Modern biotechnology is often associated with the use of genetically altered microorganisms such as E. coli or yeast for the production of substances like synthetic insulin or antibiotics. It can also refer to transgenic animals or transgenic plants, such as Bt corn. Genetically altered mammalian cells, such as Chinese Hamster Ovary cells (CHO), are also used to manufacture certain pharmaceuticals. Another promising new biotechnology application is the development of plant-made pharmaceuticals.

Biotechnology is also commonly associated with landmark breakthroughs in new medical therapies to treat hepatitis B, hepatitis C, cancers, arthritis, haemophilia, bone fractures, multiple sclerosis, and cardiovascular disorders. The biotechnology industry has also been instrumental in developing molecular diagnostic devices that can be used to define the target patient population for a given biopharmaceutical. Herceptin, for example, was the first drug approved for use with a matching diagnostic test and is used to treat breast cancer in women whose cancer cells express the protein HER2.

Modern biotechnology can be used to manufacture existing medicines relatively easily and cheaply. The first genetically engineered products were medicines designed to treat human diseases. To cite one example, in 1978 Genentech developed synthetic humanized insulin by joining its gene with a plasmid vector inserted into the bacterium Escherichia coli. Insulin, widely used for the treatment of diabetes, was previously extracted from the pancreas of abattoir animals (cattle and/or pigs). The resulting genetically engineered bacterium enabled the production of vast quantities of synthetic human insulin at relatively low cost.[9] According to a 2003 study undertaken by the International Diabetes Federation (IDF) on the access to and availability of insulin in its member countries, synthetic 'human' insulin is considerably more expensive in most countries where both synthetic 'human' and animal insulin are commercially available: e.g. within European countries the average price of synthetic 'human' insulin was twice as high as the price of pork insulin.[10] Yet in its position statement, the IDF writes that "there is no overwhelming evidence to prefer one species of insulin over another" and "[modern, highly purified] animal insulins remain a perfectly acceptable alternative.[11]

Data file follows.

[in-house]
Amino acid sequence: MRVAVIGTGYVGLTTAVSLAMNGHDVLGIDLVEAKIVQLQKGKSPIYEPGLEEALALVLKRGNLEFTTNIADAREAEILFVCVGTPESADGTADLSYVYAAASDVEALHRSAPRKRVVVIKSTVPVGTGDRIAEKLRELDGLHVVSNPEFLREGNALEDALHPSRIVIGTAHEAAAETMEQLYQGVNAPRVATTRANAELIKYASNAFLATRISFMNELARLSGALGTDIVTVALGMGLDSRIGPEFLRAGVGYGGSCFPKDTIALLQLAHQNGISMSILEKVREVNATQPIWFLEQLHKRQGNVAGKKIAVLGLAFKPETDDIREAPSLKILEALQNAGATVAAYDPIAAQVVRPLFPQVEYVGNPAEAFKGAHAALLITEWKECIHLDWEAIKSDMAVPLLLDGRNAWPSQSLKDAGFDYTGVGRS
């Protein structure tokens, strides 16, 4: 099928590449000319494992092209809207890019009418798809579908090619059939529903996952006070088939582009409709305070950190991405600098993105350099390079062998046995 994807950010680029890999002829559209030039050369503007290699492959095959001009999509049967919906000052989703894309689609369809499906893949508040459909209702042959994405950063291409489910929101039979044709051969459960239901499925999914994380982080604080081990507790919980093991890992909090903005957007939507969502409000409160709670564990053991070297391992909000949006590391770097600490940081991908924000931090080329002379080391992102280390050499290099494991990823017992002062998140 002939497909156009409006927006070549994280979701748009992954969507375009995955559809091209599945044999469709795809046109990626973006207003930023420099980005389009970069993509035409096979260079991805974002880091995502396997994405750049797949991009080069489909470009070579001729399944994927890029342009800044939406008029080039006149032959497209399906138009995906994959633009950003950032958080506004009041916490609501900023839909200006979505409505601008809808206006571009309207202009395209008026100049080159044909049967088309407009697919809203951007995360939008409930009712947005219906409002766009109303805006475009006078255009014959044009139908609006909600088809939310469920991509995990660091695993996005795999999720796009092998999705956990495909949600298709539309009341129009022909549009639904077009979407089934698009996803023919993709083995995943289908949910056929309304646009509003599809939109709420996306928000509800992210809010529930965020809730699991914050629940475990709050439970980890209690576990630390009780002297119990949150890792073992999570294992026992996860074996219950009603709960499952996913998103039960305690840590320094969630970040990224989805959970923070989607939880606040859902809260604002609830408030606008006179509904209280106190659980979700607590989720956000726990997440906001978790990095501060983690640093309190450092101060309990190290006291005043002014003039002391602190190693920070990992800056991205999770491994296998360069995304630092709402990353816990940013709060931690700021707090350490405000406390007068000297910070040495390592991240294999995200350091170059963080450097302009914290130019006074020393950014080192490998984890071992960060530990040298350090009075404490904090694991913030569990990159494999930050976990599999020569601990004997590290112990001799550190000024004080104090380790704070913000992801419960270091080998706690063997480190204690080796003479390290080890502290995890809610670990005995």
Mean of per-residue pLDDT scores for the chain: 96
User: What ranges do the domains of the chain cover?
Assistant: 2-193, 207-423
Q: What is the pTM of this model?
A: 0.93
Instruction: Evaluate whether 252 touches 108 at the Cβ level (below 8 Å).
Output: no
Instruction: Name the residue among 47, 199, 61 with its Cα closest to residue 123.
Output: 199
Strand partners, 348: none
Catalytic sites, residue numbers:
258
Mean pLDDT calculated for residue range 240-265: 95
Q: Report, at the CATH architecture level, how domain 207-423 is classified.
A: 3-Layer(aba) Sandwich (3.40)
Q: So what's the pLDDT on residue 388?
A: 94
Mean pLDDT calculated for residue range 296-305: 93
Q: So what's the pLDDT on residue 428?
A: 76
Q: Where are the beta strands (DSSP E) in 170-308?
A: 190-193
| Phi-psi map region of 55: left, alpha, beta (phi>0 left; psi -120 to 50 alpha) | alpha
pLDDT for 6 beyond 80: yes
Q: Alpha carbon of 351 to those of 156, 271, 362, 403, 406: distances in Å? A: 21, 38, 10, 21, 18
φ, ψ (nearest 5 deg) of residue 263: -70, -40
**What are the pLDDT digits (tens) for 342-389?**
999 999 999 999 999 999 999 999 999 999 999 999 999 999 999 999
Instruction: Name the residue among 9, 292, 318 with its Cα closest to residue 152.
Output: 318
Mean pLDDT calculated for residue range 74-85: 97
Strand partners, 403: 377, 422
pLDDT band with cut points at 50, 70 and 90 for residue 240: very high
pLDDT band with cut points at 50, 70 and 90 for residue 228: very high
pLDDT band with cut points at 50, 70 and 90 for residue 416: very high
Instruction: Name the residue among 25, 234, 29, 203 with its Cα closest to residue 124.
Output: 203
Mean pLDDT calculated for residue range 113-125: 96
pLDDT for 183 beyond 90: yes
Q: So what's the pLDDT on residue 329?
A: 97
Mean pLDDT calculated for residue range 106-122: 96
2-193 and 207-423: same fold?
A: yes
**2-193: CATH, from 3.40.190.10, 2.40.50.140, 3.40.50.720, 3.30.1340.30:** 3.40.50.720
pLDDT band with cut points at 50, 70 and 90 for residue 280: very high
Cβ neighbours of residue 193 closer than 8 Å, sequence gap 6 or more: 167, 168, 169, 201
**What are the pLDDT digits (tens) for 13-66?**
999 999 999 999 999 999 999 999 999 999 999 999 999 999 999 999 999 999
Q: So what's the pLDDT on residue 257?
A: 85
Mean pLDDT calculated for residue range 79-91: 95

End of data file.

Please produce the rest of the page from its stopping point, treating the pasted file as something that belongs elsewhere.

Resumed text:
Modern biotechnology has evolved, making it possible to produce more easily and relatively cheaply human growth hormone, clotting factors for hemophiliacs, fertility drugs, erythropoietin and other drugs.[12] Most drugs today are based on about 500 molecular targets. Genomic knowledge of the genes involved in diseases, disease pathways, and drug-response sites are expected to lead to the discovery of thousands more new targets.[12]

Genetic testing
Genetic testing involves the direct examination of the DNA molecule itself. A scientist scans a patient's DNA sample for mutated sequences.
There are two major types of gene tests. In the first type, a researcher may design short pieces of DNA ("probes") whose sequences are complementary to the mutated sequences. These probes will seek their complement among the base pairs of an individual's genome. If the mutated sequence is present in the patient's genome, the probe will bind to it and flag the mutation. In the second type, a researcher may conduct the gene test by comparing the sequence of DNA bases in a patient's gene to disease in healthy individuals or their progeny.

Genetic testing is now used for:
Carrier screening, or the identification of unaffected individuals who carry one copy of a gene for a disease that requires two copies for the disease to manifest;
Confirmational diagnosis of symptomatic individuals;
Determining sex;
Forensic/identity testing;
Newborn screening;
Prenatal diagnostic screening;
Presymptomatic testing for estimating the risk of developing adult-onset cancers;
Presymptomatic testing for predicting adult-onset disorders.
Some genetic tests are already available, although most of them are used in developed countries. The tests currently available can detect mutations associated with rare genetic disorders like cystic fibrosis, sickle cell anemia, and Huntington's disease. Recently, tests have been developed to detect mutation for a handful of more complex conditions such as breast, ovarian, and colon cancers. However, gene tests may not detect every mutation associated with a particular condition because many are as yet undiscovered.